back to the Immigration Detention Monitor

25 February 2021 – Malaysia

An immigration truck believed to be carrying Myanmar migrants from Malaysia back to their homeland (Getty Images,
An immigration truck believed to be carrying Myanmar migrants from Malaysia back to their homeland (Getty Images, "Malaysia Deports Myanmar Nationals Despite Court Order," BBC, 24 February 2021,

In the face of mounting international outrage, on 23 February Malaysian authorities proceeded with the deportation of 1,086 people to Myanmar, who included suspected refugees as well as many children (see the 18 February update below for additional details). The deportations took place as the COVID-19 pandemic has severely hurt the job prospects of migrants in Malaysia, effectively turning many documented workers into undocumented ones and potentially subject to immigration enforcement measures.

The mass deportation to Myanmar was in defiance of a court order to delay the move until a judicial review could be completed, a legal move that had been initiated by the Malaysian chapters of Amnesty International and Asylum Access, who provided evidence of refugees and asylum seekers being among the group. The deportation was carried out without assessing the people’s claims for asylum, or allowing the UN High Commissioner for Refugees access to the people while in detention before their deportation. Human Right Watch’s Asia Advisor commented: “Malaysia’s immigration authorities have shown a blatant disregard both for the basic rights of Myanmar nationals and an order by the Malaysian High Court. The immigration director-general has put lives at risk by sending people back to a country now ruled again by a military that has a long track record of punishing people for political dissent or their ethnicity.”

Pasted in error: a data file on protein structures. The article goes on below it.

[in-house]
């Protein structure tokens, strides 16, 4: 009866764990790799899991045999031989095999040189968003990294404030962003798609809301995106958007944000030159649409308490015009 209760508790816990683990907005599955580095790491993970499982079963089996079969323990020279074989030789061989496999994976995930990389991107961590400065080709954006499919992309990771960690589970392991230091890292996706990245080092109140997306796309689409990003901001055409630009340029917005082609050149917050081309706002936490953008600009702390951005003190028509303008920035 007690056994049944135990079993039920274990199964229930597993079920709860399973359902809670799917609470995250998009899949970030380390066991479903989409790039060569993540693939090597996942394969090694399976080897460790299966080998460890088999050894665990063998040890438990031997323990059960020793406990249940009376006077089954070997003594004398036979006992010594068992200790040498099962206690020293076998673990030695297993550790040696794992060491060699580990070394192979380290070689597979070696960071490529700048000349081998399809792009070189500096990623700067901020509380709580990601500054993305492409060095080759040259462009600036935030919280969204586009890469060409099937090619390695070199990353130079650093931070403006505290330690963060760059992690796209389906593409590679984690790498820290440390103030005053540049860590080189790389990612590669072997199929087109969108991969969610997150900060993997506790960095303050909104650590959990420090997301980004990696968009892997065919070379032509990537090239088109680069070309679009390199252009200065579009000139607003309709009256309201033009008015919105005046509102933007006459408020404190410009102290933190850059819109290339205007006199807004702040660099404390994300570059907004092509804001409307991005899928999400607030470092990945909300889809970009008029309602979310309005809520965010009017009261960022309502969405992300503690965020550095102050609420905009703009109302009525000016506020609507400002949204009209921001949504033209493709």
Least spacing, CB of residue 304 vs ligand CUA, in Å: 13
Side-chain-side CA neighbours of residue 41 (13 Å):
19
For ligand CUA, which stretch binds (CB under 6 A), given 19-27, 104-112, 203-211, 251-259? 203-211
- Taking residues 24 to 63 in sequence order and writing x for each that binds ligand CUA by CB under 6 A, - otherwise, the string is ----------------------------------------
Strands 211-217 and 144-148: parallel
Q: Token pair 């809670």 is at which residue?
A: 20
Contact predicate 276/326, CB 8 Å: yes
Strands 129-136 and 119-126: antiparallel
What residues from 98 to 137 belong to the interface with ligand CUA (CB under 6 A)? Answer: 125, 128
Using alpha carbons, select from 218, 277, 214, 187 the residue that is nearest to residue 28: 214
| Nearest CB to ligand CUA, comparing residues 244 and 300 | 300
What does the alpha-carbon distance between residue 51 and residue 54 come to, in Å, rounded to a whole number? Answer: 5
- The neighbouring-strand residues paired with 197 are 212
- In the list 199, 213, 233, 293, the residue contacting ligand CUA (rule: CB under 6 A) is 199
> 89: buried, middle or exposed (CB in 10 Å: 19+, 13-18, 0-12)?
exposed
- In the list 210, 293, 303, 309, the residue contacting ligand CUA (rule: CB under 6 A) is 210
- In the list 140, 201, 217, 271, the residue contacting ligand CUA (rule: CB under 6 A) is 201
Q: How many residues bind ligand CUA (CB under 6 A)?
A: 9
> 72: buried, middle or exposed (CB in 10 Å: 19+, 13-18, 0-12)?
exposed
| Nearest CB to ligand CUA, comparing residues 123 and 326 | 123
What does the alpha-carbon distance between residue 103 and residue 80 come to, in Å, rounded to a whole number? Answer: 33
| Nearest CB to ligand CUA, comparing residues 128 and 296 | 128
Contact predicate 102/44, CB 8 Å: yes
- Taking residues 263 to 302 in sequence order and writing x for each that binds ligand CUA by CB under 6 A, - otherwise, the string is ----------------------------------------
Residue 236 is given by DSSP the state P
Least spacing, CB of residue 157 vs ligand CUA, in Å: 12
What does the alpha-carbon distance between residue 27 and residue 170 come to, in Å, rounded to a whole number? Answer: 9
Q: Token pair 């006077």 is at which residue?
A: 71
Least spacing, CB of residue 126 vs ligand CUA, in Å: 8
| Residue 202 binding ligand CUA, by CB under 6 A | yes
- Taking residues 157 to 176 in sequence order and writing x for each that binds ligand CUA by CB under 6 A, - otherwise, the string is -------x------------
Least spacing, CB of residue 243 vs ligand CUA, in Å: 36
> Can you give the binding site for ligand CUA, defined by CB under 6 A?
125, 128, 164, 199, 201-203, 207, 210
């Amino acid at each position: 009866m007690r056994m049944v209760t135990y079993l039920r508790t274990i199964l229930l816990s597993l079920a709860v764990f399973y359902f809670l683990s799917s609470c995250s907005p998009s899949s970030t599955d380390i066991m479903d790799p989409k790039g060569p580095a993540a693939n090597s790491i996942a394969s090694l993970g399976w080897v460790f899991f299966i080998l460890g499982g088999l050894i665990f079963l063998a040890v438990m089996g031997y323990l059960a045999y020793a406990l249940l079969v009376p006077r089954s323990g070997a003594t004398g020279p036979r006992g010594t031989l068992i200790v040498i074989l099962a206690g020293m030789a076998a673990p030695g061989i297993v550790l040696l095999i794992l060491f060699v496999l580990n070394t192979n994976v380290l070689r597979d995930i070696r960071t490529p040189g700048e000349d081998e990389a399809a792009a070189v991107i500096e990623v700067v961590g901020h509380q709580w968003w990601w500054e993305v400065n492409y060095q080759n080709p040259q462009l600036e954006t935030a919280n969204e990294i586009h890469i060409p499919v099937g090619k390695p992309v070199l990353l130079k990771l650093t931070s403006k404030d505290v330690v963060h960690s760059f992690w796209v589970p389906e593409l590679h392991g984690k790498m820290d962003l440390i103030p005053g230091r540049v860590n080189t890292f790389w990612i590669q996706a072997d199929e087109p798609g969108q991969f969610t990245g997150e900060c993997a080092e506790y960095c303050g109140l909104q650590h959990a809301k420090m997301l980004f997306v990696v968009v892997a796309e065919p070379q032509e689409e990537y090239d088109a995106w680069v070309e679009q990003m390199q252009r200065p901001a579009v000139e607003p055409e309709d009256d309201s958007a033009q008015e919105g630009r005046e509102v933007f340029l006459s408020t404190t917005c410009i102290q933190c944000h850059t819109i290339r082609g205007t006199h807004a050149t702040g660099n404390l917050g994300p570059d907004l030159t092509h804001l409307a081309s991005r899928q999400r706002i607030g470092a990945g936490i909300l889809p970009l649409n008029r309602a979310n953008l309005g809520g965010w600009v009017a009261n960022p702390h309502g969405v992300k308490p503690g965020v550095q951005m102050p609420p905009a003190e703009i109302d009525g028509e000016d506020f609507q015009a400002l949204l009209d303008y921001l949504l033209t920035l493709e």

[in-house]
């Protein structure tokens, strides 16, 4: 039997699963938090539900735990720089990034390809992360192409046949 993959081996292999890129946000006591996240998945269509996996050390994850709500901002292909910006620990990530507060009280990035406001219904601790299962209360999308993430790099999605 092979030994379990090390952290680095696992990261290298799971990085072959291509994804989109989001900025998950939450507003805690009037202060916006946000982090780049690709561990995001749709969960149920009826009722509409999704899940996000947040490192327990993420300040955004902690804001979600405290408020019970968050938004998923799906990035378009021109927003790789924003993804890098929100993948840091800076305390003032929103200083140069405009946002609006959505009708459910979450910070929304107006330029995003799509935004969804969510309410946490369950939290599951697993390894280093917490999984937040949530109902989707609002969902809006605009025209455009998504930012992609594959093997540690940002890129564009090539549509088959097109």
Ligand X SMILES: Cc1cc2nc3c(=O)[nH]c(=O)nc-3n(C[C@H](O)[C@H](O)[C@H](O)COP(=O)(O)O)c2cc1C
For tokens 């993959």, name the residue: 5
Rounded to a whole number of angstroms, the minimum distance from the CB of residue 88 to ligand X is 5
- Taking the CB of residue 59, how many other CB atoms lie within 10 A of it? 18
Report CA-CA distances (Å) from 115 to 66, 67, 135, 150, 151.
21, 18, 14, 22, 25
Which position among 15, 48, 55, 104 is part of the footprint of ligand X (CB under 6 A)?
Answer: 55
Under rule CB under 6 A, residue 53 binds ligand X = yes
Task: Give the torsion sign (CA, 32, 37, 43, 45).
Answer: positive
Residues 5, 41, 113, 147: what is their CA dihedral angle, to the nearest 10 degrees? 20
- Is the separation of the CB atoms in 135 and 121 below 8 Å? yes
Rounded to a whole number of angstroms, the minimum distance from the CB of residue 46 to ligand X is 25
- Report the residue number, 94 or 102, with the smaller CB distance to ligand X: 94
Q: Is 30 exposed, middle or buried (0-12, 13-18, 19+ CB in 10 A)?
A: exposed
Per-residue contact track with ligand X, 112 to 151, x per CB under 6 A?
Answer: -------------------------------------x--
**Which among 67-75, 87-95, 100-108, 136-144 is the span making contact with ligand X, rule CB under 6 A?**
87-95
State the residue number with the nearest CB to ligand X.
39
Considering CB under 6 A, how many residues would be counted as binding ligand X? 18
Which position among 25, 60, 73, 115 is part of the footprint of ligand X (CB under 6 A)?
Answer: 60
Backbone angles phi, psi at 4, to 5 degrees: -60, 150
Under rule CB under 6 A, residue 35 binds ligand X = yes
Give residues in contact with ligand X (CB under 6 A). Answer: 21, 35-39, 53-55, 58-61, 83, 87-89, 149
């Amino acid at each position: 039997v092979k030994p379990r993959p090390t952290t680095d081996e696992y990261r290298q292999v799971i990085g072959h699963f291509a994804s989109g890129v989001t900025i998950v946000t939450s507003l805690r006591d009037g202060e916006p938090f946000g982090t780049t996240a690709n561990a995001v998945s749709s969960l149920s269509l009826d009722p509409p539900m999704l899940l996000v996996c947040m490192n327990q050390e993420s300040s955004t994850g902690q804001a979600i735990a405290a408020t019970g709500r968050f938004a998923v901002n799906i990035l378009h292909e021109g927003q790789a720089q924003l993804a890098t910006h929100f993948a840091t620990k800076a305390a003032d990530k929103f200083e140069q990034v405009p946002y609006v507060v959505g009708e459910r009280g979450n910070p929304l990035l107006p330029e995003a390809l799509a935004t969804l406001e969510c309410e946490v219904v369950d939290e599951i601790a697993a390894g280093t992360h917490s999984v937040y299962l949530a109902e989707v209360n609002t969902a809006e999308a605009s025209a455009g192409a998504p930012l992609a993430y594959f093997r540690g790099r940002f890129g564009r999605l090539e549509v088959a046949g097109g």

The Office of the UN High Commissioner for Human Rights also condemned the deportations, saying: “The Malaysian authorities in defiance of the court order breached the principle of non-refoulement, a rule of jus cogens, which absolutely prohibits the collective deportation of migrants without an objective risk assessment being conducted in each individual case. Children should not have been separated from their family, or returned without determining that their return is in their best interests.”

Responding to the concerns about the identity and status of the deportees, the Malaysian director-general of immigration claimed that none of the deportees were Rohingya refugees or asylum seekers. However, on 22 February the UN refugee agency claimed that at least up to six of the people to be deported were registered refugees, and 17 were children with at least one parent in Malaysia. Various refugee rights groups had also contended that approximately one hundred Muslim and Chin refugees were among the group initially slated for deportation. These refugees may have been among the group that were not ultimately deported, though Amnesty International reported as of 24 February that the identities of these people remained unclear. The High Court of Kuala Lumpur ruled on 24 February that they should not be sent back to Myanmar, extending the stay order until 9 March 2021.

The government claimed that all deportees voluntarily agreed to their return. However, it was unclear how many people in fact agreed, and under what conditions. There are concerns that many of the deportees may not have been informed about the political volatility in the country after the coup due to limited information being available during detention.